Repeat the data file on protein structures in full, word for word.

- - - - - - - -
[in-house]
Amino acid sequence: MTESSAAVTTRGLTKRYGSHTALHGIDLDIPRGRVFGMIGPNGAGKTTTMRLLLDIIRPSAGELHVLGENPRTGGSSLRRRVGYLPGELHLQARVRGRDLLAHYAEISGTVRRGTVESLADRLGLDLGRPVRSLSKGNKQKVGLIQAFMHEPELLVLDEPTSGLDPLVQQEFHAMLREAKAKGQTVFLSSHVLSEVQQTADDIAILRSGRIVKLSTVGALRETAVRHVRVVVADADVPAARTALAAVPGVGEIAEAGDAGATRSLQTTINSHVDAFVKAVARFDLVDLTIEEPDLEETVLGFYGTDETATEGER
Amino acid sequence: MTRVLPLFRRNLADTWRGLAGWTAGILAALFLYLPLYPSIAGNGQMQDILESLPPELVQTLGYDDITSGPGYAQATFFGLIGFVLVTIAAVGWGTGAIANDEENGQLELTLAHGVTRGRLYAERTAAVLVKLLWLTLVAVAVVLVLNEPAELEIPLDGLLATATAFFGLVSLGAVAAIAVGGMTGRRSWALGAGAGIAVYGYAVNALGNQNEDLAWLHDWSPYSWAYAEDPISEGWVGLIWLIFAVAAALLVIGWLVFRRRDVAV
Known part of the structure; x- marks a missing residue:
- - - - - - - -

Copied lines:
[in-house]
Amino acid sequence: MTESSAAVTTRGLTKRYGSHTALHGIDLDIPRGRVFGMIGPNGAGKTTTMRLLLDIIRPSAGELHVLGENPRTGGSSLRRRVGYLPGELHLQARVRGRDLLAHYAEISGTVRRGTVESLADRLGLDLGRPVRSLSKGNKQKVGLIQAFMHEPELLVLDEPTSGLDPLVQQEFHAMLREAKAKGQTVFLSSHVLSEVQQTADDIAILRSGRIVKLSTVGALRETAVRHVRVVVADADVPAARTALAAVPGVGEIAEAGDAGATRSLQTTINSHVDAFVKAVARFDLVDLTIEEPDLEETVLGFYGTDETATEGER
Amino acid sequence: MTRVLPLFRRNLADTWRGLAGWTAGILAALFLYLPLYPSIAGNGQMQDILESLPPELVQTLGYDDITSGPGYAQATFFGLIGFVLVTIAAVGWGTGAIANDEENGQLELTLAHGVTRGRLYAERTAAVLVKLLWLTLVAVAVVLVLNEPAELEIPLDGLLATATAFFGLVSLGAVAAIAVGGMTGRRSWALGAGAGIAVYGYAVNALGNQNEDLAWLHDWSPYSWAYAEDPISEGWVGLIWLIFAVAAALLVIGWLVFRRRDVAV
Known part of the structure; x- marks a missing residue: